Comments on our last exciting episode discussed, among many other thread drifts, the concept of an Accelerando, a speeding up of technological progress that is presumed, in many circles, to culminate in the Singularity. (See the comment thread, starting around #180.)
I will argue - and I've made this argument before - that the real Accelerando happened roughly a hundred years ago, say in the period from about 1880 to 1930.
The Industrial Revolution began a hundred years earlier, but most people in 1880, even in industrialized countries, still lived essentially postmedieval lives. (Cribbing from my own comment follows:) Railroads and steamships had transformed long distance travel, but on a day to day basis people walked, or if they were quite well off they used horses. They lived by the sun; the only artificial lighting was candles or oil lamps, the same as for centuries. A few large cities had gaslight; reputedly it made Paris the City of Lights.
By 1930, millions of people were living essentially modern lives. They drove cars to homes with electric lighting, talked on the phone, streamed entertainment content on the radio or played recorded media on the phonograph. To a person from the pre-industrial world a hand-crank telephone and an iPhone are equally magical; to a person from 1930 the iPhone is an nifty piece of 'midfuture' technology, not remotely magical. (Gee whiz, Tom, a wireless telephone with moving pictures! And it all fits in your pocket!)
Militarily a good part of the Accelerando played out in the course of World War I; people went in with cavalry and came out with tanks and aircraft. Commenter Tony handily expanded on this theme:
Murray and Millette made this point in their operational history of WWII, A War to be Won. They pointed out that a lieutenant in 1914 had little in common with the colonel that he himself had become by 1918. Yet that same colonel would have easily recognized the overall form, if not the detail, of war in the 1990s.How do you measure an Accelerando? One handy benchmark is human travel speed. Here the Accelerando actually began a bit before the Industrial Revolution. Stagecoaches could maintain a steady speed of about 15-20 km/h by combining advanced carriage design with the infrastructure innovation of fresh horses for each stage. Ordinary travellers could thus maintain human running speed for hours.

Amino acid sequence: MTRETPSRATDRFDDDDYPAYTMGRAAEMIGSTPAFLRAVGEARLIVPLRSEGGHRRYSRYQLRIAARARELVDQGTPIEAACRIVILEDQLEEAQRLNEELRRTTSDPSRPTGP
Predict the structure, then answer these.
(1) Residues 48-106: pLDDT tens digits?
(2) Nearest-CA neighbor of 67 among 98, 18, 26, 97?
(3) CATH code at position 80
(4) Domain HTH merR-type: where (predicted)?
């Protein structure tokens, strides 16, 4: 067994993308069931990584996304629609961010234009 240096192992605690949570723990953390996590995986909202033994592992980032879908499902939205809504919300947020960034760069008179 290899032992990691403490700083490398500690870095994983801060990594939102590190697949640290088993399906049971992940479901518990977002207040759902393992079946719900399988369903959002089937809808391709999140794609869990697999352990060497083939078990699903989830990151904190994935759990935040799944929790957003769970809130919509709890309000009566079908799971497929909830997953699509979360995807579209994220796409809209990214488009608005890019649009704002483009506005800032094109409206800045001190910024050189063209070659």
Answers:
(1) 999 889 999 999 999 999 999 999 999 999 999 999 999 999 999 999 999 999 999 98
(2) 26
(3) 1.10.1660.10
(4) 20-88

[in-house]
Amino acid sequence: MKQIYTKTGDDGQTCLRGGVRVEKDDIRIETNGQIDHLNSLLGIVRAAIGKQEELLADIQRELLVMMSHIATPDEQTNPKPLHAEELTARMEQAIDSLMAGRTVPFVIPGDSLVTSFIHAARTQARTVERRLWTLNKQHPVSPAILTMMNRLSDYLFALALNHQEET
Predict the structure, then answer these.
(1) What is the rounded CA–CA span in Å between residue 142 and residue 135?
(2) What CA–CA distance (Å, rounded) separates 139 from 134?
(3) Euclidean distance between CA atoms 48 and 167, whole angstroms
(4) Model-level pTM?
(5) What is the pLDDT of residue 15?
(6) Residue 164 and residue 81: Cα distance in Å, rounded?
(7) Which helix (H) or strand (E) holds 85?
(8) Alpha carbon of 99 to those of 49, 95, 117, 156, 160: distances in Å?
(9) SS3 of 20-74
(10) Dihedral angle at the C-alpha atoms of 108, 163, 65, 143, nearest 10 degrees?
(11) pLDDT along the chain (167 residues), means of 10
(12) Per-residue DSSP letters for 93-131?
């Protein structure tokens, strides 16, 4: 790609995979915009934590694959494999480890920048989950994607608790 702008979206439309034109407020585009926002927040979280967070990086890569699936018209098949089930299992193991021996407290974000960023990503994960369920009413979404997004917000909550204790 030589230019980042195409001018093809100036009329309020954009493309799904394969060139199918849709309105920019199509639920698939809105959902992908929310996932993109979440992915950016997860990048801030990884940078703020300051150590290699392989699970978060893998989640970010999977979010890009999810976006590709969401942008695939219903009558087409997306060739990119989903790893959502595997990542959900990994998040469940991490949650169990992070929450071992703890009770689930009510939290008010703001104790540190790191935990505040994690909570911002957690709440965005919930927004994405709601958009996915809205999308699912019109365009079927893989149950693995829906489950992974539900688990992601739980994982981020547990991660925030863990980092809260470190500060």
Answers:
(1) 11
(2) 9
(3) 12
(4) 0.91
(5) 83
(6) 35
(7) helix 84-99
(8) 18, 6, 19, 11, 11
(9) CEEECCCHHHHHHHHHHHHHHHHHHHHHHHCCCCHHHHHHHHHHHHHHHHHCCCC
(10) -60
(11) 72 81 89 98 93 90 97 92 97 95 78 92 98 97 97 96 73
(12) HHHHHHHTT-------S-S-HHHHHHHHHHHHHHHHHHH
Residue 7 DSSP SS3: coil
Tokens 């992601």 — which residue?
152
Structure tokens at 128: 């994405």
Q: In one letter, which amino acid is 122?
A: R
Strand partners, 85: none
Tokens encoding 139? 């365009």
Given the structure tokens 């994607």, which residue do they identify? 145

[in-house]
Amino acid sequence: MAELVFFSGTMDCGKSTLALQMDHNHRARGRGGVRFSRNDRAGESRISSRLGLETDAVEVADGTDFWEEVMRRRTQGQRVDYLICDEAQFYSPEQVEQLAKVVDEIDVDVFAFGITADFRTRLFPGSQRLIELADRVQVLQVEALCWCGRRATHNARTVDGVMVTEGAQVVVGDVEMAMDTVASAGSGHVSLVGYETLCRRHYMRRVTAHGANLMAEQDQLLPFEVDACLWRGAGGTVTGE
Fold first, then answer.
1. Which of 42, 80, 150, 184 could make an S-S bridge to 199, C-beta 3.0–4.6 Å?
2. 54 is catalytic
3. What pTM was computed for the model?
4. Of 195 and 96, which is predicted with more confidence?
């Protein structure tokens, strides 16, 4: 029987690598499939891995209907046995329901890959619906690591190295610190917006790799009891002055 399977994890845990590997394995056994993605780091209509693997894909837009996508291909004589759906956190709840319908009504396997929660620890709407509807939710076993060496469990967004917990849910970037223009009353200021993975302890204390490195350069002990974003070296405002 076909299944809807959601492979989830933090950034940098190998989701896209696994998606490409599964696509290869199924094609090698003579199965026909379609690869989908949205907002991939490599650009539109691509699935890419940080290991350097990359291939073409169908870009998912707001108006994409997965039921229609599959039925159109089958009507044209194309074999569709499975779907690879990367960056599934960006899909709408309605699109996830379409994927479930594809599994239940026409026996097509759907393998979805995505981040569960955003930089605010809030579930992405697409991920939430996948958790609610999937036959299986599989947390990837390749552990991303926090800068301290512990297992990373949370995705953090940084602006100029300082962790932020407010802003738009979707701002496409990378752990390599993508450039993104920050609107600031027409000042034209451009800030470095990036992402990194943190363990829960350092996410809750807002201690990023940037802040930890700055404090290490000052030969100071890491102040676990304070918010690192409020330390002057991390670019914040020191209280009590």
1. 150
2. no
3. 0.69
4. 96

The first steam locomotive ran in 1804. General purpose steam railroading began in 1825-30, and a locomotive appropriately called The Rocket reached 47 km/h in 1829. Rail speed data in the 19th century is amazingly sparse, but I would guess that locomotives exceeded 100 km/h by midcentury. The next doubling was reached in 1906 by a (steam!) racing car. The next doubling after that, to 400 km/h, was achieved in 1923 by an airplane.
Mach 1 was reached in 1947, and then of course things got wild. Yuri Gagarin reached orbital speed, a shade under 8 km/s, in 1961, an accelerando of 25x in 14 years, with another bump up to lunar insertion speed of 11 km/s in 1968.
Things have settled back a shade since then. Most of the 500+ human space travellers have piddled along at orbital speed, while since the retirement of Concorde the civil standard for long distance travel is high subsonic.
In this particular case the period 1880-1930 actually falls between stools - steam railroading was already pretty well developed by 1880, while aviation in 1930 was just starting to combine low drag airframes with high power engines.
Other technologies would give different results. Some, like computers, are still in the rapid transition phase of railroads around 1840 and airplanes around 1950. The overall Accelerando of the Industrial Revolution is a sort of weighted average of many individual and interrelated tech revolutions. And sometimes an older, mature-seeming tech gets a new power jolt, as has happened with railroad speed since the Japanese bullet trains of the 1960s.
Science fiction is the literary child of the Accelerando, and emerged as a distinct genre of Romance in just about the period 1880-1930. Jules Verne published From the Earth to the Moon in 1865; Hugo Gernsbach launched Amazing Stories in 1926.
In 1800 no one speculated about the world of 1900, because no one imagined it would be all that different from the world they already knew. And in 2000 there was only limited speculation about the world of 2100. Indeed the future has gone somewhat out of style, replaced in part by the enchantment of retro-futures.
The future has lost its magic not so much (if at all) because our technical progress has reached a 'decelerando,' but because we have learned to take technical progress for granted. It is a lot harder to get a Gee Whiz! reaction these days, a sort of psychological decelerando. As I've suggested in the last couple of posts, the challenge of interplanetary travel is not how to do it but why to spend the money.
(As a far more modest example of psychological discounting, where in this holiday retail season are the iPad rivals? Did Apple blow everyone else's tablet devices back to the drawing board, or has everyone else decided that tablets are a niche market they'll leave as an Apple playground? I haven't a clue.)
This is where I am supposed to wrap my arguments neatly in a bow, but I am not sure what the summation should be. So instead I will toss the question out for comments.
The image of a North American train c. 1900 comes from a public library site in Kansas.